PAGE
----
Valley Bees Community

How do bees make honey?

As the sun rises and the temperature at the entrance to the hive reaches 16°C, the field bees leave the hive to scout for nectar over a 5km radius from the hive. Some check out the sources of the previous day; others criss-cross the area to pick up the faintest scent of nectar (a bee’s sense of smell is 90 times more sensitive than that of a human). Some will even alight on my morning drink, which contains a small amount of honey!

Having located a generous flower the bee alights on it to seek out the nectar usually deep within the flower. In doing so the bee disturbs the pollen grains on the stamens of the flower. This sets in train the valuable service to the plant of fertilisation of the fruit and seeds for future generations of plants. Each day the 12,000 or so forages that bees make from each hive distribute a massive amount of pollen.

The bee now sucks the nectar up through its tongue which is hollow like a drinking straw. This is stored in its honey stomach. Numerous flowers are visited to fill the stomach. I have observed one bee visiting 32 macadamia flowers in one minute.

The bee cannot head home yet. Her body is covered in pollen grains, which provide a valuable mineral and protein food for the larvae back in the brood of the hive. So she rapidly combs the pollen into baskets on her back legs and, loaded with nectar and pollen, heads in a bee line for home.

On reaching the hive she quickly enters to give her bounty to the colony. The pollen is dropped off for the workers to store to feed the brood. The nectar is transferred to many workers, tongue to tongue. The bees consume some of the nectar for their own needs and the rest is stored in cells for future needs of the colony. During this transfer, the hive bees get information about the source of the nectar – taste, aroma, colour and the direction and distance it was found. More bees now know where to find it.

Now the nectar must be changed to honey. The water content is about 80% and if left at that level it would ferment. As the bees handle the nectar they add enzymes. These enzymes enhance the food value of the honey. The temperature in the hive (38°C) and the fanning of the bees wings evaporate the water until it is lowered to between 16% and 20%. This is now honey and can be safely stored and capped for future needs. It is interesting to note that a hive of bees needs 125kg of honey and 30kg of pollen a year for their own needs.

Capped honey is referred to as ripe and is extracted to be marketed for human consumption.

To collect just 1 Kilo of honey, honeybees will need to

  • make approximately 150,000 flights
  • fly between 250,000 to 450,000km
    (True! – that’s the equivalent of more than 10 times around the World!)
  • visit more than one million flowers

A single frame from a hive

  • has 2,500 hexagonal cells on each side (5,000 cells in total)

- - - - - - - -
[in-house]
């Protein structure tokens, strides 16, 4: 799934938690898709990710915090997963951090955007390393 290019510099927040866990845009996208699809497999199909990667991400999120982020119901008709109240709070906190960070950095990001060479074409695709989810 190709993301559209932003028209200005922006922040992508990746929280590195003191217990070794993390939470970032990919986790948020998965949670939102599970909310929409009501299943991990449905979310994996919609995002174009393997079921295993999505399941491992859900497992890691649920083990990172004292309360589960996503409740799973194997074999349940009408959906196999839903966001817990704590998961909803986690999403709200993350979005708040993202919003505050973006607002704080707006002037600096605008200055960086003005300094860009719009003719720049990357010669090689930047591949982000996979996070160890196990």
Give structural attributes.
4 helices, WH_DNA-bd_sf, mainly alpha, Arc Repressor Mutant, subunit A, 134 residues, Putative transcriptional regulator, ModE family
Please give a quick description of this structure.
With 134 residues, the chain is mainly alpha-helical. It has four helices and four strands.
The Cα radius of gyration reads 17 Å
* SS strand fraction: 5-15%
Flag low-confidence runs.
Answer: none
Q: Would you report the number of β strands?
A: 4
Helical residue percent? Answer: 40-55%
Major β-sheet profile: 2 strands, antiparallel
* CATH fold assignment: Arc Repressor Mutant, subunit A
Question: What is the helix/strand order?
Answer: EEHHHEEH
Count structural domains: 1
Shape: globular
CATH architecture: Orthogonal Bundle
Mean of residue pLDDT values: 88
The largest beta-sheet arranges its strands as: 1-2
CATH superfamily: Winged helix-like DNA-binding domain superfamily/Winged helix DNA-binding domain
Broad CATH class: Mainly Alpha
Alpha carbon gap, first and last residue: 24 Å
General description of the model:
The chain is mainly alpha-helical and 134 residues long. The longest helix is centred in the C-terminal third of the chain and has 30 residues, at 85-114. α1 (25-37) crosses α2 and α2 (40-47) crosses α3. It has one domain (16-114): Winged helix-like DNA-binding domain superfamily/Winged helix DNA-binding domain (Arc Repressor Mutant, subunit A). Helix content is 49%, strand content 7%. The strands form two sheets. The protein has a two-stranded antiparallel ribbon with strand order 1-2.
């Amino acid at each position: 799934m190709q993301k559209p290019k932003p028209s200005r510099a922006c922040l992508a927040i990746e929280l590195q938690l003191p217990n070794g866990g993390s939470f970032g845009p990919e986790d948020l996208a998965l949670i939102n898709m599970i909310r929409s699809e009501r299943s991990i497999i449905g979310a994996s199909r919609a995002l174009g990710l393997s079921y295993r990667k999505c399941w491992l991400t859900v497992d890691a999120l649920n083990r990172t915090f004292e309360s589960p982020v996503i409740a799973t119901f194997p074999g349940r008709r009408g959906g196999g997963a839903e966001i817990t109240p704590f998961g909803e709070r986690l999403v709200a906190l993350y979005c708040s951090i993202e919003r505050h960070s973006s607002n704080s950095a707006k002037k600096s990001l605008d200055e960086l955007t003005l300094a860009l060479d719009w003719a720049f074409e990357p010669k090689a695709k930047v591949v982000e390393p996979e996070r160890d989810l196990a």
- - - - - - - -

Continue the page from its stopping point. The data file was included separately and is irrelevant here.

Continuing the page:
• can hold up to 3kg of capped honey

A strong productive beehive

  • has between 30,000 and 50,000 bees
  • in one year, can produce around 60 to 100kg of honey, depending on seasonal changes.

Honey can only be produced by bees. In the process of changing nectar to honey, bees add enzymes which aid digestion and they evaporate 75% of the moisture content. The plant origin of the nectar will give the honey its character – distinctive colour, aroma, flavour, density and granulating tendency.

Honey is a complex food. It contains:

  • Natural sugars: 25 different sugars including Fructose, Glucose, Levulose, Trehallose, Meletoze, Dextrose and many others that aid human digestion. Many of these sugars are not in nectar but are added by the bees during ripening.
  • Natural acids: including Gluconic, Citric, Malic, Formic.
  • Minerals: including Potassium, Sodium, Calcium, Magnesium. Vitamins: including Thiamine, Ribroflavine, Folic Acid.
  • Proteins: including Amino Acids, Carotene, Mannitol.
  • Enzymes: including Invertase, Diatase, Catalyse, Phosphatase, Glucose Oxidase. These enzymes are added by the bees to predigest the honey. On entering the human digestion system these enzymes add their energy to aid digestion.

Honey is a unique food. It is a living, instant, energy-building food containing many substances necessary for life.

Honey is the oldest sweet known to mankind. It has a fascinating history as a food and for medicinal uses. And there is still more to be discovered. Recently specific honeys have been found to have stronger antibiotic properties which kill pathogens resistant to other cures. Other components remain unknown and untraceable.

Honey improves the taste of food. Add some to your food and drink and see how flavourful they become.

Honey will granulate as sugars crystallize. It retains its qualities.

To liquify it, warm it gently but not over 45°C.

Look for local honey producers at Farmer’s Markets or in smaller food stores.  ATHOL CRAIG